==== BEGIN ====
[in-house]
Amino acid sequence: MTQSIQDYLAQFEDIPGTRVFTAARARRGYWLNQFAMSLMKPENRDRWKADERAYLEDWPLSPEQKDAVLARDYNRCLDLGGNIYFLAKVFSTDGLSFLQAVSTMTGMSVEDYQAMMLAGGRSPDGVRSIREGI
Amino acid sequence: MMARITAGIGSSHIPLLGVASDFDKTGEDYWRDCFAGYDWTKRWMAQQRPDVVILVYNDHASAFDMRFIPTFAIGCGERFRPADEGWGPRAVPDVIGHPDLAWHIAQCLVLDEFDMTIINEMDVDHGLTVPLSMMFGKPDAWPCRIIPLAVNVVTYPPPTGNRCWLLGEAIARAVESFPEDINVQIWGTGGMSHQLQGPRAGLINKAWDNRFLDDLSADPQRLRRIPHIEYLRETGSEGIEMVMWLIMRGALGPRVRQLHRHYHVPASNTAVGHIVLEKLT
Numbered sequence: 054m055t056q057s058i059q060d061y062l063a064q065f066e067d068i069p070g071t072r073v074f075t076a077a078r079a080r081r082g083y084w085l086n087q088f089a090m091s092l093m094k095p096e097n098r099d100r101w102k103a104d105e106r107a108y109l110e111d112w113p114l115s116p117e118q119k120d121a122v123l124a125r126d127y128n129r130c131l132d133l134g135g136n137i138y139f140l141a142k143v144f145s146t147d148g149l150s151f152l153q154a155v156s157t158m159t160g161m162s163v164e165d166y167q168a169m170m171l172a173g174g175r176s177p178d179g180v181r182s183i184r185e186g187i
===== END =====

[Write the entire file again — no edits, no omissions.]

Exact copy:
[in-house]
Amino acid sequence: MTQSIQDYLAQFEDIPGTRVFTAARARRGYWLNQFAMSLMKPENRDRWKADERAYLEDWPLSPEQKDAVLARDYNRCLDLGGNIYFLAKVFSTDGLSFLQAVSTMTGMSVEDYQAMMLAGGRSPDGVRSIREGI
Amino acid sequence: MMARITAGIGSSHIPLLGVASDFDKTGEDYWRDCFAGYDWTKRWMAQQRPDVVILVYNDHASAFDMRFIPTFAIGCGERFRPADEGWGPRAVPDVIGHPDLAWHIAQCLVLDEFDMTIINEMDVDHGLTVPLSMMFGKPDAWPCRIIPLAVNVVTYPPPTGNRCWLLGEAIARAVESFPEDINVQIWGTGGMSHQLQGPRAGLINKAWDNRFLDDLSADPQRLRRIPHIEYLRETGSEGIEMVMWLIMRGALGPRVRQLHRHYHVPASNTAVGHIVLEKLT
Numbered sequence: 054m055t056q057s058i059q060d061y062l063a064q065f066e067d068i069p070g071t072r073v074f075t076a077a078r079a080r081r082g083y084w085l086n087q088f089a090m091s092l093m094k095p096e097n098r099d100r101w102k103a104d105e106r107a108y109l110e111d112w113p114l115s116p117e118q119k120d121a122v123l124a125r126d127y128n129r130c131l132d133l134g135g136n137i138y139f140l141a142k143v144f145s146t147d148g149l150s151f152l153q154a155v156s157t158m159t160g161m162s163v164e165d166y167q168a169m170m171l172a173g174g175r176s177p178d179g180v181r182s183i184r185e186g187i